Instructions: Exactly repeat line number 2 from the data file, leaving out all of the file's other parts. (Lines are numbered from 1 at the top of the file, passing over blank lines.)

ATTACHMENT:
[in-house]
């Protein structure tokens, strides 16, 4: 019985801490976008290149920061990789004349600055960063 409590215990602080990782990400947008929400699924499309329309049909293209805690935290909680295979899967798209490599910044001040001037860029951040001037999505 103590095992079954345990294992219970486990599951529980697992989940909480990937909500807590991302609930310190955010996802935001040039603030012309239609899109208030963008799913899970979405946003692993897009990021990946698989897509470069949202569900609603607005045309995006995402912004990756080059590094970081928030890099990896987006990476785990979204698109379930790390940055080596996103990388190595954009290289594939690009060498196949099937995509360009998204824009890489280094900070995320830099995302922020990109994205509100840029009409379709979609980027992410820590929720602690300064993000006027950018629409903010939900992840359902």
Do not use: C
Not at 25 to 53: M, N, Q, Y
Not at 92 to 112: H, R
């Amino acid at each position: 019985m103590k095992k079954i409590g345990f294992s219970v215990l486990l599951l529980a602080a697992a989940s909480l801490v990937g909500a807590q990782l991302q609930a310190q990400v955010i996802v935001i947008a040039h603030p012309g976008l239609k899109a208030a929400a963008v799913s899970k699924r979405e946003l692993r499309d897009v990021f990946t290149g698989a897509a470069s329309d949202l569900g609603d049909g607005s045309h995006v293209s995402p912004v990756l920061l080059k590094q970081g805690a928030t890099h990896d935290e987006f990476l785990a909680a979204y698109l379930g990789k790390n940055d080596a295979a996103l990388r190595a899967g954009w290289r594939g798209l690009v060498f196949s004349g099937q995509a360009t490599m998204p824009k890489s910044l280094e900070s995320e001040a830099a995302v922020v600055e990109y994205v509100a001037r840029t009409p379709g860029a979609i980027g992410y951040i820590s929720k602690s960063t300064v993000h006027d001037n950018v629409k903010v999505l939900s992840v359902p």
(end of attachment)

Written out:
């Protein structure tokens, strides 16, 4: 019985801490976008290149920061990789004349600055960063 409590215990602080990782990400947008929400699924499309329309049909293209805690935290909680295979899967798209490599910044001040001037860029951040001037999505 103590095992079954345990294992219970486990599951529980697992989940909480990937909500807590991302609930310190955010996802935001040039603030012309239609899109208030963008799913899970979405946003692993897009990021990946698989897509470069949202569900609603607005045309995006995402912004990756080059590094970081928030890099990896987006990476785990979204698109379930790390940055080596996103990388190595954009290289594939690009060498196949099937995509360009998204824009890489280094900070995320830099995302922020990109994205509100840029009409379709979609980027992410820590929720602690300064993000006027950018629409903010939900992840359902």